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On December 14, 2012, 20 children between six and seven years old were gunned down in an elementary school in Newtown, Connecticut. It was far from the first school shooting in the country, but there was a collective sense that something would be done. We had to take on the gun problem in this country.
But nothing happened.
Since that day, there have been 2,186 more mass shootings in the United States. Meanwhile in Chicago, our eyes glaze over as we read the headlines: “10 Shot Overnight,” “47 Shot Over Holiday Weekend,” “Girl, 8, Wounded In Park Shooting.”
How do you stay engaged when an issue feels so hopeless? How do you protect your community without putting yourself in danger? How can we change the way we talk about gun violence to counter false truths pumped out by the NRA and so-called Second Amendment defenders?
This month on The Girl Talk, we welcome Pam Bosley and Tamar Manasseh, two women who have worked for years to stop gun violence in Chicago, continuing their mission even after shootings wounded or killed people they loved dearly.
The gun issue seems too big, too scary, too impossible — how can we help women like Pam and Tamar carry on this fight? What can we do in our own communities to bring about change, even on a local level?
The Girl Talk is a monthly show on the fourth Tuesday of the month hosted by Block Club Chicago co-founder Jen Sabella and public education activist and former CPS teacher Erika Wozniak Francis. It’s produced by media strategist Joanna Klonsky. Each month, we feature influential Chicago women and gender nonconforming individuals fighting for social justice. All are welcome to take part in these important conversations.
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Pam Bosley graduated from Olivet University with a bachelor’s degree in Business Administration and spent more than 20 years in the world of banking. But after one of her sons, Terrell Bosley, was shot and killed on the grounds of a church April 4, 2006, she changed directions to make a difference in the lives of youth and of parents whose children were taken by violence.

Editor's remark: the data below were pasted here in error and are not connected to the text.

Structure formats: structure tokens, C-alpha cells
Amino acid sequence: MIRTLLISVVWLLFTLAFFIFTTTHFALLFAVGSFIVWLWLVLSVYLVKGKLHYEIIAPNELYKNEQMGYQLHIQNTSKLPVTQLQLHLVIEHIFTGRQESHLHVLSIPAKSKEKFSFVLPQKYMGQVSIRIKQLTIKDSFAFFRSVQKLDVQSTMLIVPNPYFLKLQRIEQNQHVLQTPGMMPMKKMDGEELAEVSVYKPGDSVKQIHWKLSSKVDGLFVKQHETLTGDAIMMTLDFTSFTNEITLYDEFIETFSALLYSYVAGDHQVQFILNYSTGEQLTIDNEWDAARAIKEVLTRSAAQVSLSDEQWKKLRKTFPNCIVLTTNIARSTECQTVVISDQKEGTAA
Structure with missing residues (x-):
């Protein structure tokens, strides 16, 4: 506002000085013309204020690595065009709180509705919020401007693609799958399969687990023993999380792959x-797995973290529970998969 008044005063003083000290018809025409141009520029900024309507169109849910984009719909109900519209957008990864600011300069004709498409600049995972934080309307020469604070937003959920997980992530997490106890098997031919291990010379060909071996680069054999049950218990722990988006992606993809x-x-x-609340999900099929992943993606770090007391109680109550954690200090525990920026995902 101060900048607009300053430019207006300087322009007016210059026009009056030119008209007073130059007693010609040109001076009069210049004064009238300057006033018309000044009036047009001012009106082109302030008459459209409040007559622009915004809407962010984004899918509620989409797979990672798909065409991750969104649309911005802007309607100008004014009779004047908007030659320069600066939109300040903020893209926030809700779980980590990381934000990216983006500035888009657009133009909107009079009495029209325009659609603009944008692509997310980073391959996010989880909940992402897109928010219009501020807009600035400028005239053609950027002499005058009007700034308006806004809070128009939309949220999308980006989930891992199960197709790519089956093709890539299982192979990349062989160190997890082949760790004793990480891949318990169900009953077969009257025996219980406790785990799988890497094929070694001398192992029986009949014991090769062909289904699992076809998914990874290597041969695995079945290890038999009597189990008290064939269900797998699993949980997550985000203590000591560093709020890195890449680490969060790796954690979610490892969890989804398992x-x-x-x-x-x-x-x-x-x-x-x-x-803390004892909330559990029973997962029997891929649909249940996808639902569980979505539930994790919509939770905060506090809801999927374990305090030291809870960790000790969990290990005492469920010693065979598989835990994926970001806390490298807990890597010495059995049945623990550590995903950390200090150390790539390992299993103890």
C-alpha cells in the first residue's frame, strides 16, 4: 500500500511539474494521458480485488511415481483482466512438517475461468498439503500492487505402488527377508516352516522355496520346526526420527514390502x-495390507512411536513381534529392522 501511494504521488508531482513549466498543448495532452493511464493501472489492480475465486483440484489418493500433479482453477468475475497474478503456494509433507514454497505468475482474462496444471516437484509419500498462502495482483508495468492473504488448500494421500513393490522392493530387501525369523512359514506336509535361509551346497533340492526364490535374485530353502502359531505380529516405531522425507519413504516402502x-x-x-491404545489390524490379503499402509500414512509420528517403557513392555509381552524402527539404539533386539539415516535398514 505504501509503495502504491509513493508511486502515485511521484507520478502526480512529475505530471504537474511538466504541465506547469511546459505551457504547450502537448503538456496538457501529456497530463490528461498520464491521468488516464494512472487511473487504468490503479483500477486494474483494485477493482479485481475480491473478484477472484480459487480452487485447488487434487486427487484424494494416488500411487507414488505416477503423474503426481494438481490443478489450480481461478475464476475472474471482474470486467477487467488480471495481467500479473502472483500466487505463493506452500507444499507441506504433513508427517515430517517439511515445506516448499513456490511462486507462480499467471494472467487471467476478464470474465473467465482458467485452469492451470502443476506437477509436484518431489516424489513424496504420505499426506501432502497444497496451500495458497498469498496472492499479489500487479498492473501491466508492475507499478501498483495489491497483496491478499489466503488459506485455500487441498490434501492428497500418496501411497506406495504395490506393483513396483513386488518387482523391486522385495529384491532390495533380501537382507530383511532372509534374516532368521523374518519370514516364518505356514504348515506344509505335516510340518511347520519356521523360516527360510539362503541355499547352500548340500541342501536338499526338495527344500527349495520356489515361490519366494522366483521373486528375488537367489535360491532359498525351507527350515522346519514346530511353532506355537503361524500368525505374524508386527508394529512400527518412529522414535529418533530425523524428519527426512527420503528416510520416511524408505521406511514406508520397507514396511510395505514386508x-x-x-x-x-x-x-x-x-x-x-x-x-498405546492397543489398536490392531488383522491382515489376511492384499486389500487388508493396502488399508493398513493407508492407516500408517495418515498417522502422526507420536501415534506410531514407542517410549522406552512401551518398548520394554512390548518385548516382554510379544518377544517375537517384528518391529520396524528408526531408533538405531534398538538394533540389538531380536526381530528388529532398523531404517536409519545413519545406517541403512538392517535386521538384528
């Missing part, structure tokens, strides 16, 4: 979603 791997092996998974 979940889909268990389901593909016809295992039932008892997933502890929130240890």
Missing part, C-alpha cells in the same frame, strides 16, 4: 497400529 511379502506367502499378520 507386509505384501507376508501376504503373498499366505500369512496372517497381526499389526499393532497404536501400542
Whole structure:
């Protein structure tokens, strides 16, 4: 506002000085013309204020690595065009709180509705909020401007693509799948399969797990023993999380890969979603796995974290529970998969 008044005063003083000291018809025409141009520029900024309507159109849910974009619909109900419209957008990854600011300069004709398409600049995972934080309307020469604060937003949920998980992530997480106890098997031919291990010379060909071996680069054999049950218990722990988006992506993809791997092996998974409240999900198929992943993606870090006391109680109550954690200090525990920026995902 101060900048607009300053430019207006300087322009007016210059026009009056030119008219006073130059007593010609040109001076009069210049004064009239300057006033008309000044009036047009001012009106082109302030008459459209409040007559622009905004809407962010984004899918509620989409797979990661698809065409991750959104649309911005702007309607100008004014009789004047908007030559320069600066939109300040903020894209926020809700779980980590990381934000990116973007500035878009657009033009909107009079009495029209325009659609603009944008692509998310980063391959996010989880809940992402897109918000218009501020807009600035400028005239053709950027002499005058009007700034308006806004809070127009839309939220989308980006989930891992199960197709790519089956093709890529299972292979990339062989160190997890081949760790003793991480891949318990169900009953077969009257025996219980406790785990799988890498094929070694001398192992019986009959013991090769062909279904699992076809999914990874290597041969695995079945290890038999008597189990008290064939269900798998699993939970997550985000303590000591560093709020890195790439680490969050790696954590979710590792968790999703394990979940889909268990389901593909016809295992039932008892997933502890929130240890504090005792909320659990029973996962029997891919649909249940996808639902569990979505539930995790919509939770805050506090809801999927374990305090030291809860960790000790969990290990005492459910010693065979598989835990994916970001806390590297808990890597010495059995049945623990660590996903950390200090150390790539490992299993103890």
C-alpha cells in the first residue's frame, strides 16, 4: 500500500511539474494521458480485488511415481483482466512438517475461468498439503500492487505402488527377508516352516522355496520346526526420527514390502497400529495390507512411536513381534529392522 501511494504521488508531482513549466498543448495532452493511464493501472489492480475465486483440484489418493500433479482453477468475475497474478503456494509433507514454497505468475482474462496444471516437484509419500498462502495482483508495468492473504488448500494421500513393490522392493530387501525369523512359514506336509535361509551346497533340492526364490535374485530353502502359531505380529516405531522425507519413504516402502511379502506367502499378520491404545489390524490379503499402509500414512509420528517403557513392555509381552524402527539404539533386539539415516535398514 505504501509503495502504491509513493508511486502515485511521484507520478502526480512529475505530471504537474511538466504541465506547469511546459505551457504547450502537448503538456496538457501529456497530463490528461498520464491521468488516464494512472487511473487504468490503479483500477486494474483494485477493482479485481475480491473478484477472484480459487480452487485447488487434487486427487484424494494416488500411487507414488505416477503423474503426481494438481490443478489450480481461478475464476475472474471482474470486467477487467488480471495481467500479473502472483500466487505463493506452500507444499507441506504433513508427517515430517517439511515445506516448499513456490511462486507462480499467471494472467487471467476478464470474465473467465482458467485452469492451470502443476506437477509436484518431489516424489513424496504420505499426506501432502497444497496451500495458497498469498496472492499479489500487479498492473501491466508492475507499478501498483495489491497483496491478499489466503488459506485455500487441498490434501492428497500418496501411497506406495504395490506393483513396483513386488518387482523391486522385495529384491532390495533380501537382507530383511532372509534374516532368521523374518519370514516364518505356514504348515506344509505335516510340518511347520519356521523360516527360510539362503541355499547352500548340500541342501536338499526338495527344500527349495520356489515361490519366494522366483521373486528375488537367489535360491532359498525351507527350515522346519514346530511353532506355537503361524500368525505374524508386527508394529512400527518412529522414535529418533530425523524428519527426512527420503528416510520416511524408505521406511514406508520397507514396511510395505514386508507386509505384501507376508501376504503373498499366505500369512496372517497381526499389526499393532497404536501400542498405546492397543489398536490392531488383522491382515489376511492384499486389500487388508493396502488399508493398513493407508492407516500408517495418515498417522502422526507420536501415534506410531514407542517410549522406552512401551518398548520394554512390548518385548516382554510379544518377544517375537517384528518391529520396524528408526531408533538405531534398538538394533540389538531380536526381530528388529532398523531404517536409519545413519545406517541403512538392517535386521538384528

As St. Sabina’s Violence Prevention Manager, Bosley has empowered young people to be leaders and self-advocates, guiding them to discover their own voices and abilities to bring change to their communities. Bosley is also the co-founder of Purpose Over Pain, an organization founded to support parents who children lives were taken by violence, advocate for common sense gun measures, and provide a safe space and mentorship for youth. She also is the President and founder of The Terrell Bosley Anti-Violence Association, a nonprofit organization dedicated to helping youth and families in need.
Bosley has been featured in a number of magazines, including Jet and Sister Sister, as well as a novel titled How Long Will I Cry and the documentaries Under the Gun and Making a Killing.
Bosley believes that since her son Terrell can no longer speak, she is now his voice. Together, she says, we can change the narrative of our youth and our communities by ending senseless gun violence.
Tamar Manasseh Founder & President Mothers Men Against Senseless Killings (MASK)
Following the shooting death of Lucille Barnes in 2015, Tamar Manasseh, a mother of 2 who grew up in Englewood and now lives in Bronzeville, rallied several other mothers and established MASK (Mothers/Men Against Senseless Killings). In the summer of 2015, Manasseh and other parents in the community took to their local corner daily to let everyone know that they’re watching.
MASK’s purpose is to put eyes on the streets, interrupt violence and crime, and teach children to grow up as friends rather than enemies. MASK’s primary mission is to build stronger communities through a focus on violence prevention, food insecurity, and housing. Additionally, MASK partners to ensure that community members have access to necessary city services, opportunities for education & professional skills growth, and economic development.
Manasseh has also helped launch MASK initiatives in other Chicago neighborhoods, as well as cities throughout the nation, including Evansville, Indiana, Staten Island, New York, and Memphis, Tennessee